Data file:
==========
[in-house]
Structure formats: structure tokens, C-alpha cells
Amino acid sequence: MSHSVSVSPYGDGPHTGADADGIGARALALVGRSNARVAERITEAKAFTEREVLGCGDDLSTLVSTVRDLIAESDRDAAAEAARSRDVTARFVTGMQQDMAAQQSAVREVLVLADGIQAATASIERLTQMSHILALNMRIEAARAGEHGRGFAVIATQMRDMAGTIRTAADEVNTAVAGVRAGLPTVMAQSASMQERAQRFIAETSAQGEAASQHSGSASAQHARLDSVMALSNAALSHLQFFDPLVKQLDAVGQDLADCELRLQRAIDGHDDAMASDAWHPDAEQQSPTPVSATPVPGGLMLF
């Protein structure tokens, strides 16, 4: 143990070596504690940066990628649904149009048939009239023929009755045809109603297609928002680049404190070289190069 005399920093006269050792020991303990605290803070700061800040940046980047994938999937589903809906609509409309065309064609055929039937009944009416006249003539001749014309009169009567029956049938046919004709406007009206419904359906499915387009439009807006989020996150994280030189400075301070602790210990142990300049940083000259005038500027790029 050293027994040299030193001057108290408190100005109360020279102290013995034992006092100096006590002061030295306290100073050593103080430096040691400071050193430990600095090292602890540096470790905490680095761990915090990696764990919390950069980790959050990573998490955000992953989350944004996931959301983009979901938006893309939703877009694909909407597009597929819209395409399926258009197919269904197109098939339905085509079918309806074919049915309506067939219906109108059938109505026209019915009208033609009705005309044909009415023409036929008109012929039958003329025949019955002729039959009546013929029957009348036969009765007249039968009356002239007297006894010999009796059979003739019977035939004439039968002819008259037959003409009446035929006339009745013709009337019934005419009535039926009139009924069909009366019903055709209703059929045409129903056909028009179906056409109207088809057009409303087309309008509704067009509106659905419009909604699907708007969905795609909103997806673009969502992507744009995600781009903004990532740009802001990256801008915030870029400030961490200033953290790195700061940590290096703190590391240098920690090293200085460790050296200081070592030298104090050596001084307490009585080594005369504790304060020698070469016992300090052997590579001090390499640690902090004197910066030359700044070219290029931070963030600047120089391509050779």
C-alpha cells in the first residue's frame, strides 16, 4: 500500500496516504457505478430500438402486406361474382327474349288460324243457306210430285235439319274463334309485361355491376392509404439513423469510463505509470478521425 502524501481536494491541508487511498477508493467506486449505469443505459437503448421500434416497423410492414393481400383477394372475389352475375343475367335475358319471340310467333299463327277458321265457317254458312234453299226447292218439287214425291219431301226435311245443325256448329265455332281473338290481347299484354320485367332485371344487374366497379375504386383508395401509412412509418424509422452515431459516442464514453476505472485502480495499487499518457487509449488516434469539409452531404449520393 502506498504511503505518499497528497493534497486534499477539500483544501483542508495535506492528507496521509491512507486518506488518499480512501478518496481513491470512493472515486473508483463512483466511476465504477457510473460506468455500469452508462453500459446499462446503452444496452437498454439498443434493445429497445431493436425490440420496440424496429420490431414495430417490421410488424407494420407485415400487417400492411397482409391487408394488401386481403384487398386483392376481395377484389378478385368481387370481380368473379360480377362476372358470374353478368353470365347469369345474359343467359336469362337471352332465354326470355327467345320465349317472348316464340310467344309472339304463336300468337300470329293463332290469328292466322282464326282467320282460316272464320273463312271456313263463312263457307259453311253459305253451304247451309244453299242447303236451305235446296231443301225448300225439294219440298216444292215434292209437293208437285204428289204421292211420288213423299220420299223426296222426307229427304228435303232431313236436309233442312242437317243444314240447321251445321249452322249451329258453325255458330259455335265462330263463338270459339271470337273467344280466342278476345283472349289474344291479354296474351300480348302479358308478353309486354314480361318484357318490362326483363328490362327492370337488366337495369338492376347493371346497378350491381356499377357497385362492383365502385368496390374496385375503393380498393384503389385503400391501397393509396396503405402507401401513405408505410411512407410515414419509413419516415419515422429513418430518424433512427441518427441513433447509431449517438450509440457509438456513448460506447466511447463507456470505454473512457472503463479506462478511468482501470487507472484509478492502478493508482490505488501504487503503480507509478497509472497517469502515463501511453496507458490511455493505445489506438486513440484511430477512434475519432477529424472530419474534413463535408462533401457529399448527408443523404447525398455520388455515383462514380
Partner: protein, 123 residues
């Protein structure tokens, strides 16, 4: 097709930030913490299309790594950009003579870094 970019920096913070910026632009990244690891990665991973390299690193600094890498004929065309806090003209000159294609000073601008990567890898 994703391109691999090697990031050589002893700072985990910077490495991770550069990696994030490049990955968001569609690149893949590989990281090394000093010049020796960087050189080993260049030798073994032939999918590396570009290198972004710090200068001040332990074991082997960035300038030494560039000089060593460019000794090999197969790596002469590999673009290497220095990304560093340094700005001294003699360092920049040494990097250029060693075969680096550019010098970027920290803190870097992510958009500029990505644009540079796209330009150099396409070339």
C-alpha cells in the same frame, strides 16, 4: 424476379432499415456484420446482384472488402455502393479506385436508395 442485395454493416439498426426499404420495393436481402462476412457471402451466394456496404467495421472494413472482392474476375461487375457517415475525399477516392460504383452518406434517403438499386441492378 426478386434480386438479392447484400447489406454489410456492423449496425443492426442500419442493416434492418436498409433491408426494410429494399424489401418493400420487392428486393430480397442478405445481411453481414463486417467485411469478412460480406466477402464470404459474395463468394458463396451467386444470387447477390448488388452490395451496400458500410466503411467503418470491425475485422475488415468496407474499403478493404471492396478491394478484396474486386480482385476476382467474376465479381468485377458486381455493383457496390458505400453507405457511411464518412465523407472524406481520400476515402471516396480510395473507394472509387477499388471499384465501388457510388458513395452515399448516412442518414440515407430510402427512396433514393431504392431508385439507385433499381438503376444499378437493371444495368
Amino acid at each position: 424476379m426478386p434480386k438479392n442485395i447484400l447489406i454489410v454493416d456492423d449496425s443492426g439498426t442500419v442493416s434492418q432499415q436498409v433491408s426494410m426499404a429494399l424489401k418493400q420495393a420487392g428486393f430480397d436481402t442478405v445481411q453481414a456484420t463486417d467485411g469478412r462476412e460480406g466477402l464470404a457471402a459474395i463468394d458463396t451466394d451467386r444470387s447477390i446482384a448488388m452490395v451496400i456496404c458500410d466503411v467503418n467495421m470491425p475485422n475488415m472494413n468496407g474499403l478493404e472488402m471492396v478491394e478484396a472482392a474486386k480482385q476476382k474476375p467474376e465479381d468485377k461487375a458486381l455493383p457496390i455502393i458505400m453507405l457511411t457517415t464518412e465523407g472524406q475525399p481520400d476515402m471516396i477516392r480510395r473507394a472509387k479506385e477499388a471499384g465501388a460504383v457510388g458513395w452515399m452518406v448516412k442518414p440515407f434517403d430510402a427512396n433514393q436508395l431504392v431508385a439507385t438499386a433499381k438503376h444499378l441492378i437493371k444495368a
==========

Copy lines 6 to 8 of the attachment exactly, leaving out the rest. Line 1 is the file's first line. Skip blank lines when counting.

Partner: protein, 123 residues
């Protein structure tokens, strides 16, 4: 097709930030913490299309790594950009003579870094 970019920096913070910026632009990244690891990665991973390299690193600094890498004929065309806090003209000159294609000073601008990567890898 994703391109691999090697990031050589002893700072985990910077490495991770550069990696994030490049990955968001569609690149893949590989990281090394000093010049020796960087050189080993260049030798073994032939999918590396570009290198972004710090200068001040332990074991082997960035300038030494560039000089060593460019000794090999197969790596002469590999673009290497220095990304560093340094700005001294003699360092920049040494990097250029060693075969680096550019010098970027920290803190870097992510958009500029990505644009540079796209330009150099396409070339």
C-alpha cells in the same frame, strides 16, 4: 424476379432499415456484420446482384472488402455502393479506385436508395 442485395454493416439498426426499404420495393436481402462476412457471402451466394456496404467495421472494413472482392474476375461487375457517415475525399477516392460504383452518406434517403438499386441492378 426478386434480386438479392447484400447489406454489410456492423449496425443492426442500419442493416434492418436498409433491408426494410429494399424489401418493400420487392428486393430480397442478405445481411453481414463486417467485411469478412460480406466477402464470404459474395463468394458463396451467386444470387447477390448488388452490395451496400458500410466503411467503418470491425475485422475488415468496407474499403478493404471492396478491394478484396474486386480482385476476382467474376465479381468485377458486381455493383457496390458505400453507405457511411464518412465523407472524406481520400476515402471516396480510395473507394472509387477499388471499384465501388457510388458513395452515399448516412442518414440515407430510402427512396433514393431504392431508385439507385433499381438503376444499378437493371444495368